African Safari blog

Top African Destinations Part 1 – The Great Game Parks


Heading the list of top African destinations has to be one that is associated with the first thing that comes to mind when one thinks of Africa, namely wildlife and the great game parks in which diminishing numbers of wild animals are being preserved (at least to some extent.) The Kruger National Park in South Africa is one such reserve and with 2 million hectares is one of the largest in Africa. Although committed to conservation, it is sad to report that even in a reserve that size, the Kruger is losing almost more rhino from poaching than are being born – thus this relatively peaceful prehistoric creature is becoming increasingly endangered.

Being a well known wildlife destination, the Kruger National Park is undoubtedly a top African destination and so attracts a huge number of visitors, which is also one of its disadvantages as it becomes pretty crowded. Another disadvantage of the Kruger is that, being a National Park, driving off-road is not permitted – so it is often difficult if not impossible to get close to the animals that one has come to see and any notable animal sighting is generally shared by a number of uninvited companions!

So rather than the Kruger itself, much more enjoyable african wildlife trips can be enjoyed in the private reserves adjacent to the fence-free Kruger. The ability to drive off-road, rules which limit the numbers of vehicles permitted on sightings and restricted access to lodge guests renders reserves like the Sabi Sands, Timbavati and Manyeleti Game Reserves some of the very top African destinations. Certainly the Sabi Sands has to be the top African destination for leopard viewing in the world.

Probably better known because of free publicity by Foxtel and the BBC are the Masai Mara and the Serengeti – which are in fact the one and the same wildlife area (being separated only by a notional man-made border ie that between Kenya/Tanzania.) The Masai Mara, with only 1 510 square kilometers of area is considerably smaller than the adjacent Serengeti, with 14 760 square kilometers. Nevertheless they each have their unique advantages and disadvantages and both are clearly top African destinations.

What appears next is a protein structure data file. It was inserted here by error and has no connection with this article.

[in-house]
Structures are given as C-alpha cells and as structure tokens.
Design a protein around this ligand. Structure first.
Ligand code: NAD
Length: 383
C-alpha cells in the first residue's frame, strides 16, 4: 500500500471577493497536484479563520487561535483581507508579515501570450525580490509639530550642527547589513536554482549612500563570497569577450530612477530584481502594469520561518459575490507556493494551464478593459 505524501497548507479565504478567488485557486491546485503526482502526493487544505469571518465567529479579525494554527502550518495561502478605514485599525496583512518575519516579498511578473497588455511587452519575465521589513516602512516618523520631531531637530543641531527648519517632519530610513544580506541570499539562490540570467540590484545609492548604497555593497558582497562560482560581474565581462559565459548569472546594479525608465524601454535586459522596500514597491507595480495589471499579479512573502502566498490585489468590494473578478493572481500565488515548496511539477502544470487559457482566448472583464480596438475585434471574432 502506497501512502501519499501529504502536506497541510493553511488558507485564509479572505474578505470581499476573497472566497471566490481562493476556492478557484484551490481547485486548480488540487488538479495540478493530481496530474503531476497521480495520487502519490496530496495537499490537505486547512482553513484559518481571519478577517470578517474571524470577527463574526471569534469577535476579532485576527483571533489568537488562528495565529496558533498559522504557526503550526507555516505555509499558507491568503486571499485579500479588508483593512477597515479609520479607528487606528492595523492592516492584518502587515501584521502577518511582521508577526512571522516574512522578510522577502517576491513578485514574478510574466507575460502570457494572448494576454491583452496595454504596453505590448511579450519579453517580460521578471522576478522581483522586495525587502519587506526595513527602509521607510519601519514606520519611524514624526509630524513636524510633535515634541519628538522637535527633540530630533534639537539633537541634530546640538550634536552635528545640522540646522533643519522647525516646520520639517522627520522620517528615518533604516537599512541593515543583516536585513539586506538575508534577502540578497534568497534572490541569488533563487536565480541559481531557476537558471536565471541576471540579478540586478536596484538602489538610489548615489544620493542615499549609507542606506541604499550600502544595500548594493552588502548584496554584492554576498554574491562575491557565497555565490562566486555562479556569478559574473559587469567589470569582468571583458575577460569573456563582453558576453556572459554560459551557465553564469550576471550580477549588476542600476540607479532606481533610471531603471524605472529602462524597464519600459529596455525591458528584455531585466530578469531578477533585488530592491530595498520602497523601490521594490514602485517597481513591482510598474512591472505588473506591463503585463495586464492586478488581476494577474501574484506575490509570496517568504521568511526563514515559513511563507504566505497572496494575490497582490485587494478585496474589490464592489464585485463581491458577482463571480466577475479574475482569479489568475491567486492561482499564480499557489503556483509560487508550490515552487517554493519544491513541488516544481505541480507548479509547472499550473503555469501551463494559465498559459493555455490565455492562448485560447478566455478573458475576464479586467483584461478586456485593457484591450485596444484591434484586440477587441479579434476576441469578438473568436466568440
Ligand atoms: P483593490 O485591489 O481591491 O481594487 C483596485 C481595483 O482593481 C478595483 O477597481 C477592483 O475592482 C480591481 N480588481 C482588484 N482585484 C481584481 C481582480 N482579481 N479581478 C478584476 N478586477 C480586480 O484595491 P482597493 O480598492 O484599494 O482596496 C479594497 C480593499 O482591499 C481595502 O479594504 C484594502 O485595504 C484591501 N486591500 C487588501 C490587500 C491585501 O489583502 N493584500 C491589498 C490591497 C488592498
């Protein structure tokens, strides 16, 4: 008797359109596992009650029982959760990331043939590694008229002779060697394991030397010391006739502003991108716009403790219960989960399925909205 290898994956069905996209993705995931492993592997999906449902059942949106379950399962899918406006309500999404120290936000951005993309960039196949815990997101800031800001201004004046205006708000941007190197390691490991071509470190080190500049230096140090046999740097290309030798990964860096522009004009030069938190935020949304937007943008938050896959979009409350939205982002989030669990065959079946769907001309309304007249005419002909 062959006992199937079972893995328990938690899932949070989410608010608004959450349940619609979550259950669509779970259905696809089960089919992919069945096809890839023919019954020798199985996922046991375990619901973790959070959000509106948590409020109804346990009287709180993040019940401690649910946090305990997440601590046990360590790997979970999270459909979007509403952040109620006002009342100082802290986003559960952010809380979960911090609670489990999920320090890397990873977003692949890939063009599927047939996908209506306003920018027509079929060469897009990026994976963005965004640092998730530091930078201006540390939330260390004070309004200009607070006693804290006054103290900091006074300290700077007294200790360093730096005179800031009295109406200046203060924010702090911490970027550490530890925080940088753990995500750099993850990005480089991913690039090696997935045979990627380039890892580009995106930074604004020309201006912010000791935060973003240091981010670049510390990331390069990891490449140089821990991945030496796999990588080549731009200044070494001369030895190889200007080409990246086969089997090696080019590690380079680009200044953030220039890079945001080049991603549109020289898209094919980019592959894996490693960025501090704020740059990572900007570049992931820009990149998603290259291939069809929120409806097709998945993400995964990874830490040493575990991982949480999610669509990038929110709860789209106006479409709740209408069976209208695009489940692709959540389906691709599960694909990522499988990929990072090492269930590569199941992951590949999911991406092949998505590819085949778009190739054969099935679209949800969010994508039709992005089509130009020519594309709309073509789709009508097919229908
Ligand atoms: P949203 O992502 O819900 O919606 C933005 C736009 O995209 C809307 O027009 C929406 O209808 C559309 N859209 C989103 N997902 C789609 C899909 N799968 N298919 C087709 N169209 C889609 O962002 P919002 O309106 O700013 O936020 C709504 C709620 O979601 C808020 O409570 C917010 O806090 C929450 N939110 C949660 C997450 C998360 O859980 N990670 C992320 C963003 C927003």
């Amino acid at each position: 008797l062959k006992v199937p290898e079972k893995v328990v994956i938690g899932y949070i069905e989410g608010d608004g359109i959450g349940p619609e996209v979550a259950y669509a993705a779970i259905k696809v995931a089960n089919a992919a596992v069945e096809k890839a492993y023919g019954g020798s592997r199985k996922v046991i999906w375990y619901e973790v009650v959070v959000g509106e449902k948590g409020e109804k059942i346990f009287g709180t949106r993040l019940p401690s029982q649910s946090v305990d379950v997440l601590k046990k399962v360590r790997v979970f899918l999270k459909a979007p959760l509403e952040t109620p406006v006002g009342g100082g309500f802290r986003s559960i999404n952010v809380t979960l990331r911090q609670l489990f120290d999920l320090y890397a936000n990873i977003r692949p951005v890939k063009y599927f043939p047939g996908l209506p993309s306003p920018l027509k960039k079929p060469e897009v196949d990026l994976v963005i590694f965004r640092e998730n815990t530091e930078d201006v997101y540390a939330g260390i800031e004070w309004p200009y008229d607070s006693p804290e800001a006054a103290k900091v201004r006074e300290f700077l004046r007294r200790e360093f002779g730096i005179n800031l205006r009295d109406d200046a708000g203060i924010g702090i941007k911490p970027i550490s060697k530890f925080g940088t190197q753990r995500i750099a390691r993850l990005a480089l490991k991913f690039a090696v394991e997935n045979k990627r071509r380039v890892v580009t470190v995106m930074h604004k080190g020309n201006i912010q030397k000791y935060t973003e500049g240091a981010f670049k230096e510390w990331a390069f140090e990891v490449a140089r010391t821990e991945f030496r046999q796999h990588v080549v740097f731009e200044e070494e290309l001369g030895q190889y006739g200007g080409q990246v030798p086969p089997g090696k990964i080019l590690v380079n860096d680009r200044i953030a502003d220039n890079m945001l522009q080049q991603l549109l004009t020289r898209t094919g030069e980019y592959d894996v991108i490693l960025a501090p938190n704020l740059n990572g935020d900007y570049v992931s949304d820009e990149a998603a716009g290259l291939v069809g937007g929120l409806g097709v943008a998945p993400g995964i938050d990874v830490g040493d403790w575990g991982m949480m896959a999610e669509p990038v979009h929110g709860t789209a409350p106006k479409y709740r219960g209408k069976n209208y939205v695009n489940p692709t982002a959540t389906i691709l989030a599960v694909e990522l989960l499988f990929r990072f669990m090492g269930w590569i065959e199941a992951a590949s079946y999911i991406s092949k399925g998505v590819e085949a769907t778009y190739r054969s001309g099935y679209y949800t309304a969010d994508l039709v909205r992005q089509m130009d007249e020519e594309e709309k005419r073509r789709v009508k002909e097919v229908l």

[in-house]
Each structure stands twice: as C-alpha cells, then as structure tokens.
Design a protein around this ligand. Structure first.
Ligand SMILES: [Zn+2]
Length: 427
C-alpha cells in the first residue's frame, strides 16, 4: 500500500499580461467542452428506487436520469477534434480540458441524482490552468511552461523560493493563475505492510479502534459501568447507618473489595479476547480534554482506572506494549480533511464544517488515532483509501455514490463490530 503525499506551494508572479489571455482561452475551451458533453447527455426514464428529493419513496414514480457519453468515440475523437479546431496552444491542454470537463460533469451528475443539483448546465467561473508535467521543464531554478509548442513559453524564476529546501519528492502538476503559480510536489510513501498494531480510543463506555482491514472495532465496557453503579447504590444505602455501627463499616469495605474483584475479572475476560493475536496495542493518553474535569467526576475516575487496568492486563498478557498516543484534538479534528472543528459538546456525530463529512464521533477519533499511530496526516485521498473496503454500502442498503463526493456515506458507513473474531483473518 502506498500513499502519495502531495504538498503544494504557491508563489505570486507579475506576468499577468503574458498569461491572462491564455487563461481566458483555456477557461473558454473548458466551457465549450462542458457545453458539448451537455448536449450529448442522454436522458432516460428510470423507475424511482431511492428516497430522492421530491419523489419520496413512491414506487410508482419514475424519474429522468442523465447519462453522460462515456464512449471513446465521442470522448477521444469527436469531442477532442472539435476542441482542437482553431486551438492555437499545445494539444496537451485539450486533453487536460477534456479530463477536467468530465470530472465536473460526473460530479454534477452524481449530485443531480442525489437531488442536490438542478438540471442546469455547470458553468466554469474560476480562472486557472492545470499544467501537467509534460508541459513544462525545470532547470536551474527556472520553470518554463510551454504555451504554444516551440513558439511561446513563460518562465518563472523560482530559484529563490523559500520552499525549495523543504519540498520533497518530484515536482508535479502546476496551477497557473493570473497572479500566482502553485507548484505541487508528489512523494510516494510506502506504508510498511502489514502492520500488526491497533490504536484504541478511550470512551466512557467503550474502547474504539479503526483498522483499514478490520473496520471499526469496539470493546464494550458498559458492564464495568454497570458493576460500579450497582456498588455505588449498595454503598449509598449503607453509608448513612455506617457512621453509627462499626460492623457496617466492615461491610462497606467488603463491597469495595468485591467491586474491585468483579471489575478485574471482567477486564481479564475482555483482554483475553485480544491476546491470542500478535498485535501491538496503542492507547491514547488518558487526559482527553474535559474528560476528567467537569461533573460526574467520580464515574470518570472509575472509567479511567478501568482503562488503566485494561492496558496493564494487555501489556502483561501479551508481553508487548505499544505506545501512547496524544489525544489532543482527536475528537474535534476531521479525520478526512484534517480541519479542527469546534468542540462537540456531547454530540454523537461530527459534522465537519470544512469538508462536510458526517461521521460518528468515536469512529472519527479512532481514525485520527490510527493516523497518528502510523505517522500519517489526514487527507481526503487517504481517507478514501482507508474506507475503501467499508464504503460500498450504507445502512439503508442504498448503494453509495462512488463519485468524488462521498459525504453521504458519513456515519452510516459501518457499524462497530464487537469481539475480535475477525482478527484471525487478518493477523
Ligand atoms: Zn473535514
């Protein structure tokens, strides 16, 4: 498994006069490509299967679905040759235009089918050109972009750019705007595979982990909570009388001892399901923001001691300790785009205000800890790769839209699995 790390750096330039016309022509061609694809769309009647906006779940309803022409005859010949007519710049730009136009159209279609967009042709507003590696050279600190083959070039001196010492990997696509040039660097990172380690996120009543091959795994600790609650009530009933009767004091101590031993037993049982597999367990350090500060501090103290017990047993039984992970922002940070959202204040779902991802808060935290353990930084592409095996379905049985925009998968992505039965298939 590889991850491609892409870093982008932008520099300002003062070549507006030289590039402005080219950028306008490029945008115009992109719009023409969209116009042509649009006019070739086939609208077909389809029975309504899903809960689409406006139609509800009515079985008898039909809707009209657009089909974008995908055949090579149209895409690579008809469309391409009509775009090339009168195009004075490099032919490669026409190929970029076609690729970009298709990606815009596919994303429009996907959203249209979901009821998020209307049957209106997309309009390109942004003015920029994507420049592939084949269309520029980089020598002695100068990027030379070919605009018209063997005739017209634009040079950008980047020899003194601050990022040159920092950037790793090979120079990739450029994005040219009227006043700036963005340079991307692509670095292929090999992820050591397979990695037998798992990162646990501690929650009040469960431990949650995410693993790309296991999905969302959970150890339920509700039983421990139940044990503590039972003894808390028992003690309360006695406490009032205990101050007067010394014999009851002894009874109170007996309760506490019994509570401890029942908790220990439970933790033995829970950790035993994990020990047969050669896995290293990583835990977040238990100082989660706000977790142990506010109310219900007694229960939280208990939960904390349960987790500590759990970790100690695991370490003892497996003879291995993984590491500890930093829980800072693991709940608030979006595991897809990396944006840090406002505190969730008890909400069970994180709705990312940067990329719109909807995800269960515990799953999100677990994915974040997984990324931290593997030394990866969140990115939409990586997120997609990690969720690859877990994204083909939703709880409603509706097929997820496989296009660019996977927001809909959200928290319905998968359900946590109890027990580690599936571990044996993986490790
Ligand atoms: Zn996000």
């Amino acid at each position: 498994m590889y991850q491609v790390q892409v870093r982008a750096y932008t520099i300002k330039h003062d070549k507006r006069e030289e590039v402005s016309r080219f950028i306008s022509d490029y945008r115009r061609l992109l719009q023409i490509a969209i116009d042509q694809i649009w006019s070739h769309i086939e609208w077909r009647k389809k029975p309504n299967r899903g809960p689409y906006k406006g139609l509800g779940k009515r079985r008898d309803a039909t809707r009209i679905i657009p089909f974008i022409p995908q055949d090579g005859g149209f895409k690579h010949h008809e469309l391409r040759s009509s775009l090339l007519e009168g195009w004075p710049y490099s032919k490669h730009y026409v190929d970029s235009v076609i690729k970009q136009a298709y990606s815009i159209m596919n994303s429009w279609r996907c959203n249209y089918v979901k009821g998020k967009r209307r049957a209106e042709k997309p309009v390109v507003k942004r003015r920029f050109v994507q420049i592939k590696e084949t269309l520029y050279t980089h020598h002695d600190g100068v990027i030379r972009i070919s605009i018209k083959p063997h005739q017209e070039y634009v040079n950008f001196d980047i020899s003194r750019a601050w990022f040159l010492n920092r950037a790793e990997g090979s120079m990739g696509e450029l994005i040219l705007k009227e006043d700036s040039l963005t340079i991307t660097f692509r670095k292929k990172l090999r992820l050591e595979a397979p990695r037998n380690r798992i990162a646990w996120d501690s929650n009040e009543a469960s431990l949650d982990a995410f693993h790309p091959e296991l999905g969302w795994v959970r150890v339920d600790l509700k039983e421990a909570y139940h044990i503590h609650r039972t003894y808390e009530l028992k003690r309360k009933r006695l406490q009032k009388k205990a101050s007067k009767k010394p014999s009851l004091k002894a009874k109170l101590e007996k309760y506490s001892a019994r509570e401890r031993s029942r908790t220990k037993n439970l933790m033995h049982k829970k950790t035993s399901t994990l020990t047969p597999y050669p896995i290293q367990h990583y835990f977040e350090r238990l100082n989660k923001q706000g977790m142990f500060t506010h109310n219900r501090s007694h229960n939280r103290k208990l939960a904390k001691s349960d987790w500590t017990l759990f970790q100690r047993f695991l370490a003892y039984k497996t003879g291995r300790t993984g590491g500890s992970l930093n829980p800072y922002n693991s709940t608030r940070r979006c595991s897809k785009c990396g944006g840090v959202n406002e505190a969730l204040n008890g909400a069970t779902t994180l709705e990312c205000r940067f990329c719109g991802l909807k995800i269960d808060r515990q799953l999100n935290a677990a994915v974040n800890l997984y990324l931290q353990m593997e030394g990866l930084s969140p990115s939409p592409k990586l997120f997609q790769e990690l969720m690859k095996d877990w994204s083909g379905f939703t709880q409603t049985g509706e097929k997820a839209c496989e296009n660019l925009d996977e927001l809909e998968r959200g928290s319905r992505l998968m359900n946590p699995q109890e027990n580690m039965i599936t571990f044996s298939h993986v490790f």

While the Masai Mara was the location for programs such as the BBC’s Big Cat Diary, the primary reason the Masai Mara as well as the Serengeti are on the list of top African destinations is because that is the location of the annual wildebeest/zebra migration as they follow the rain. It is no wonder that many are keen to witness the spectacle with Wikipedia describing it in the following terms:

“A million wildebeest… each one driven by the same ancient rhythm, fulfilling its instinctive role in the inescapable cycle of life: a frenzied three-week bout of territorial conquests and mating; survival of the fittest as 40km (25 mile) long columns plunge through crocodile-infested waters on the annual exodus north; replenishing the species in a brief population explosion that produces more than 8,000 calves daily before the 1,000 km (600 mile) pilgrimage begins again.”

While the sight of thousands of wildebeest and zebra all congregating in the one spot (albeit with a view to moving on) is quite awe-inspiring, I have to admit that I have no ambition to see the river-crossing as the realty is a lot less poetic!.

Though it is possible to find a variety of wildlife in both the Masai Mara and the Serengeti, there is much greater variety per square area to be observed in the Greater Kruger area (which includes the private reserves such as the Sabi Sands). Indeed having spent 19 days in the Masai Mara, we teased our (wonderful) guide that there were no leopards in the reserve because if there were we surely would have seen them in 19 days! While we were pulling his leg, the humour serves as an interesting contrast with the Sabi Sands where it is not unusual to see leopards every day. Thus the Sabi Sands gets my vote as the very top African destination in terms of diverse wildlife viewing.

Being National Parks both the Masai Mara and the Serengeti are also subject to the same type of rules eg no off road driving. However in contrast to the reserves in Southern Africa, which are retained exclusively for wildlife and cordoned off from the residential areas, communities of locals co-exist with their cattle & goats in the conservancies adjacent to the Masai Mara and Serengeti. To witness wildlife side by side with domestic animals is quite a different if incongruent experience. Despite my preference for the Greater Kruger area for wildlife viewing, I must fully acknowledge the rightful place of the Masai Mara and the Serengeti in the list of top African destinations.



Top African Destinations Part 2 - The Iconic Victoria Falls